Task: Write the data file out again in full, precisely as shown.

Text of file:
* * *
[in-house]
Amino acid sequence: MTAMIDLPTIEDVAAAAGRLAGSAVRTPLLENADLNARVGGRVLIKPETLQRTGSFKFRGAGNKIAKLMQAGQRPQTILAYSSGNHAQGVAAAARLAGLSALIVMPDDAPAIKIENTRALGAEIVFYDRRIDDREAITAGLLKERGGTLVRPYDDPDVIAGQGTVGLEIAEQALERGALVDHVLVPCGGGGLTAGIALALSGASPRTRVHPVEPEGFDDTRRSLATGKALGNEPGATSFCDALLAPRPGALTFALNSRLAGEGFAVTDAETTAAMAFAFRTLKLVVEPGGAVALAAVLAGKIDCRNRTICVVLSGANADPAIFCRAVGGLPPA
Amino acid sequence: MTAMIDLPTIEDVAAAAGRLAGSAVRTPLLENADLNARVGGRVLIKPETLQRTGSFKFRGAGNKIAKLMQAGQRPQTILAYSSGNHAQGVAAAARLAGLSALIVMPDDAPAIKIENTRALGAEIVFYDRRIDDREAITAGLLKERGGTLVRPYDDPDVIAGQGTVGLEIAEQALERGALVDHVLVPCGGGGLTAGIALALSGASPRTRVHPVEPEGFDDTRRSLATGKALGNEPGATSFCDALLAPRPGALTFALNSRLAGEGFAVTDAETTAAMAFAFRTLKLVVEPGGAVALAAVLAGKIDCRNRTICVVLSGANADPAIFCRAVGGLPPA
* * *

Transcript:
[in-house]
Amino acid sequence: MTAMIDLPTIEDVAAAAGRLAGSAVRTPLLENADLNARVGGRVLIKPETLQRTGSFKFRGAGNKIAKLMQAGQRPQTILAYSSGNHAQGVAAAARLAGLSALIVMPDDAPAIKIENTRALGAEIVFYDRRIDDREAITAGLLKERGGTLVRPYDDPDVIAGQGTVGLEIAEQALERGALVDHVLVPCGGGGLTAGIALALSGASPRTRVHPVEPEGFDDTRRSLATGKALGNEPGATSFCDALLAPRPGALTFALNSRLAGEGFAVTDAETTAAMAFAFRTLKLVVEPGGAVALAAVLAGKIDCRNRTICVVLSGANADPAIFCRAVGGLPPA
Amino acid sequence: MTAMIDLPTIEDVAAAAGRLAGSAVRTPLLENADLNARVGGRVLIKPETLQRTGSFKFRGAGNKIAKLMQAGQRPQTILAYSSGNHAQGVAAAARLAGLSALIVMPDDAPAIKIENTRALGAEIVFYDRRIDDREAITAGLLKERGGTLVRPYDDPDVIAGQGTVGLEIAEQALERGALVDHVLVPCGGGGLTAGIALALSGASPRTRVHPVEPEGFDDTRRSLATGKALGNEPGATSFCDALLAPRPGALTFALNSRLAGEGFAVTDAETTAAMAFAFRTLKLVVEPGGAVALAAVLAGKIDCRNRTICVVLSGANADPAIFCRAVGGLPPA